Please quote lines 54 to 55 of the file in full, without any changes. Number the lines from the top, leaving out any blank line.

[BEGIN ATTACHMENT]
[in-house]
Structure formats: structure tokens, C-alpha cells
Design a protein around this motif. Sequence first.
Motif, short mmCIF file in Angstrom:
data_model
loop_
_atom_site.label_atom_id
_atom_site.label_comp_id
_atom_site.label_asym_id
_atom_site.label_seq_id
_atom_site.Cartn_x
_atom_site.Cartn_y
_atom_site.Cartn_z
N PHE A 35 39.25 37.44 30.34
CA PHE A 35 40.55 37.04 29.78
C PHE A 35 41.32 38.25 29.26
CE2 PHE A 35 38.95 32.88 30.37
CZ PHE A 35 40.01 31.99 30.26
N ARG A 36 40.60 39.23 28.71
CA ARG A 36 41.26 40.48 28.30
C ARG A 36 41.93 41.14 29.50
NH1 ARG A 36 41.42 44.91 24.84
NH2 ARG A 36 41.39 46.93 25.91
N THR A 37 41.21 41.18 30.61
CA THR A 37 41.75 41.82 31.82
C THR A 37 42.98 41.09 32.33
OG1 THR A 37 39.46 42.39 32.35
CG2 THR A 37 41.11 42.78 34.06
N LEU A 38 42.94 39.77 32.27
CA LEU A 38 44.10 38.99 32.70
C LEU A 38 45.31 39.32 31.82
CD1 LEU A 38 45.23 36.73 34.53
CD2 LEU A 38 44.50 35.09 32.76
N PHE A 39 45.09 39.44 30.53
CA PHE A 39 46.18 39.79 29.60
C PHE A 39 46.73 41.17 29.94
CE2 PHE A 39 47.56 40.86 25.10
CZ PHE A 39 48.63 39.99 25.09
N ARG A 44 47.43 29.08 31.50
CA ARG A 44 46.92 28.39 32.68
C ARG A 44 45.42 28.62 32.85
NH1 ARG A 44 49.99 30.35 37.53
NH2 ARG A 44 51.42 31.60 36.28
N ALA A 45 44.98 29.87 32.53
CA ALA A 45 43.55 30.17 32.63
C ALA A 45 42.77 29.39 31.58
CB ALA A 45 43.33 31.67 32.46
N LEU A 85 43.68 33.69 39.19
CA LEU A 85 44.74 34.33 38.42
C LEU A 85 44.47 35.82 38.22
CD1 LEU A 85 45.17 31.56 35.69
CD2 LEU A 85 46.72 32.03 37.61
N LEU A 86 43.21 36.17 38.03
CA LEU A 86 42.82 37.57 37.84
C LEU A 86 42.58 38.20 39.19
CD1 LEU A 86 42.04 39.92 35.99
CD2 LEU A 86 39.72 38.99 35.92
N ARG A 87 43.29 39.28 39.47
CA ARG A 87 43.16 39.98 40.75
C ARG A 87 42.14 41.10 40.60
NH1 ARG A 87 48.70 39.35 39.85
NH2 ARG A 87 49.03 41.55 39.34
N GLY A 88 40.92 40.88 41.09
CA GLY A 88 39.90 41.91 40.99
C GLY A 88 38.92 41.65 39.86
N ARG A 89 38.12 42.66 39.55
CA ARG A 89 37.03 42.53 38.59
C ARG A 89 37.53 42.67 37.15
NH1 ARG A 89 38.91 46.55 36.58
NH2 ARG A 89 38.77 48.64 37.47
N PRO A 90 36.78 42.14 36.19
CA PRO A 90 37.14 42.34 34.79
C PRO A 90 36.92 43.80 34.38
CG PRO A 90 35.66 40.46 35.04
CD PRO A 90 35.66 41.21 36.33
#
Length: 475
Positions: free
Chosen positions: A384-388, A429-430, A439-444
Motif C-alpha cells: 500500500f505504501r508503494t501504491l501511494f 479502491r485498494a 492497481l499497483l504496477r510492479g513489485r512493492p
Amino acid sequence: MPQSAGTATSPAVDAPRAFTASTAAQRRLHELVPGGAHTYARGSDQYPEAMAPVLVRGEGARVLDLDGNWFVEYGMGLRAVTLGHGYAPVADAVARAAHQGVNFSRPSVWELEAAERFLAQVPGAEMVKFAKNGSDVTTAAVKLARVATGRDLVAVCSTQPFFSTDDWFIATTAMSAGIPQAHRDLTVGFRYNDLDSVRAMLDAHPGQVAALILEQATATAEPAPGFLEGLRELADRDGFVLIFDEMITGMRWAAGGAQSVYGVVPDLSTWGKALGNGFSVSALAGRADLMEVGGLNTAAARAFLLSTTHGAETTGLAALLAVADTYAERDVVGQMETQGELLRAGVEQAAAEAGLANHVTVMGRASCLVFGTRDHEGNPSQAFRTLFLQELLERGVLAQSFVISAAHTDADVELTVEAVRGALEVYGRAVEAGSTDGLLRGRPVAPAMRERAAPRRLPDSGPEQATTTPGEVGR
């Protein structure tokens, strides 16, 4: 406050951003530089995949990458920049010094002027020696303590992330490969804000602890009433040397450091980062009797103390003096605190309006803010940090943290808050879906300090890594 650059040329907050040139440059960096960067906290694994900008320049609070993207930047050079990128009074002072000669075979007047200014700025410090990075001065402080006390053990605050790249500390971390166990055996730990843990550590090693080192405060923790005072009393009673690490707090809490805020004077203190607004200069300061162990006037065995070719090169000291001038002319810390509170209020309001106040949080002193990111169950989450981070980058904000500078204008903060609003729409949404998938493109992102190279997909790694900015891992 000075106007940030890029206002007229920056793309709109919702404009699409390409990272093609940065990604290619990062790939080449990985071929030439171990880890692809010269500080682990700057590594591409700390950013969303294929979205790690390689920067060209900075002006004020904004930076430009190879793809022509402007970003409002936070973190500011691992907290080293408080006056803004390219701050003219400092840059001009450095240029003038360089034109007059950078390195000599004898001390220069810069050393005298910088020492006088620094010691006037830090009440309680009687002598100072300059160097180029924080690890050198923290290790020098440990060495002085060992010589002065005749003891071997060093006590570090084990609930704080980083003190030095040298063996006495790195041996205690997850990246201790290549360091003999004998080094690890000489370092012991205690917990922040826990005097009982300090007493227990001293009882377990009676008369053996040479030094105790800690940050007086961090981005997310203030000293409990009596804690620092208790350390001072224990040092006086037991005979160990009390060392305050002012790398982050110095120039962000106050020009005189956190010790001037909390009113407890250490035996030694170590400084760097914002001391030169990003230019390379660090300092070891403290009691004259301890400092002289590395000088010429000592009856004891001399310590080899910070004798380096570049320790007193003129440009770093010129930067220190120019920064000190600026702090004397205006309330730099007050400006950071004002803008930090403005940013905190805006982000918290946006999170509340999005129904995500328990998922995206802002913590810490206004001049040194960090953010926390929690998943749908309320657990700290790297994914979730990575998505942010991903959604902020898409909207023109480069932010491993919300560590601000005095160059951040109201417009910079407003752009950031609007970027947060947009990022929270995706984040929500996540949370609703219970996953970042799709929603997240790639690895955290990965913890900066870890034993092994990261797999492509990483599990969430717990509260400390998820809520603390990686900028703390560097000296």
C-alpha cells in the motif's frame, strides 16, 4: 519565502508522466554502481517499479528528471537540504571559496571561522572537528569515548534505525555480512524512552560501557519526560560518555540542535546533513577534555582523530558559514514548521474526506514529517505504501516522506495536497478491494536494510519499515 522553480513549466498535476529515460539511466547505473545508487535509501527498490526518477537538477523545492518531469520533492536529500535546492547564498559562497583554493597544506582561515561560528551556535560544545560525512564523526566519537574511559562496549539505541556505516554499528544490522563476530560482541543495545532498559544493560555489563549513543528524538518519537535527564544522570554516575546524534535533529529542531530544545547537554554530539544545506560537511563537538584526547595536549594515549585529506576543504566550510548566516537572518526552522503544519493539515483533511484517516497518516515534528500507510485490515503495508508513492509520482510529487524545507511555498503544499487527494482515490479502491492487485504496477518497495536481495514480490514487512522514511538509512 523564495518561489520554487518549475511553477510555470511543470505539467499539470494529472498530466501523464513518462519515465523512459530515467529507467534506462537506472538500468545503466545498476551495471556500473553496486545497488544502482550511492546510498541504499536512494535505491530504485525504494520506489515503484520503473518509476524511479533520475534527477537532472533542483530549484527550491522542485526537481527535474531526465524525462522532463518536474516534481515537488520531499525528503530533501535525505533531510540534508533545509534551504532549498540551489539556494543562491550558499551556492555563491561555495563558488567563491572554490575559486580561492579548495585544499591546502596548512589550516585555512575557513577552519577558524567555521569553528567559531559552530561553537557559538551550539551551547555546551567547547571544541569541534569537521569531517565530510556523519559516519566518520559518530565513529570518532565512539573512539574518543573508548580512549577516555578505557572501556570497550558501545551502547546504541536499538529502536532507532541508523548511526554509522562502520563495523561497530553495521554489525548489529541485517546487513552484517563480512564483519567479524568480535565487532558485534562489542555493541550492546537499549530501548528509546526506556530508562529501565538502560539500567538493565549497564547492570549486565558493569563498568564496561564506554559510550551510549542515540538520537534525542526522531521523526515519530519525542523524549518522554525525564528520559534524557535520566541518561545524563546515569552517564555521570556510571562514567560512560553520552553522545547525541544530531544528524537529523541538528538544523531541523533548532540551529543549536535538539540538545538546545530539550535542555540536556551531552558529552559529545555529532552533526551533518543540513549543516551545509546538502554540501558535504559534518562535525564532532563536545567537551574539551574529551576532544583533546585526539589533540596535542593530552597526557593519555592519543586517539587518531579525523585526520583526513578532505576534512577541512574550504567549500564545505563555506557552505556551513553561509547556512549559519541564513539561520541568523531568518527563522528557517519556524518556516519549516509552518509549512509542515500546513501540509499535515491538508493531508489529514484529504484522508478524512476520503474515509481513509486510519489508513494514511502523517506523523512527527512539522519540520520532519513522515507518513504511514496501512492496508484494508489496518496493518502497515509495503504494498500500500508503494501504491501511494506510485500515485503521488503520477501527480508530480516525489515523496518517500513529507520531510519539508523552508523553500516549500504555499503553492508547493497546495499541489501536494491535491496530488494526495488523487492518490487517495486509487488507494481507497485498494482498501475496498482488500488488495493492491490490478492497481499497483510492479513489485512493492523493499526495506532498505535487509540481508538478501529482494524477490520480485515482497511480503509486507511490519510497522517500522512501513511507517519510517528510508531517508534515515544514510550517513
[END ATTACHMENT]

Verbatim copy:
CA LEU A 86 42.82 37.57 37.84
C LEU A 86 42.58 38.20 39.19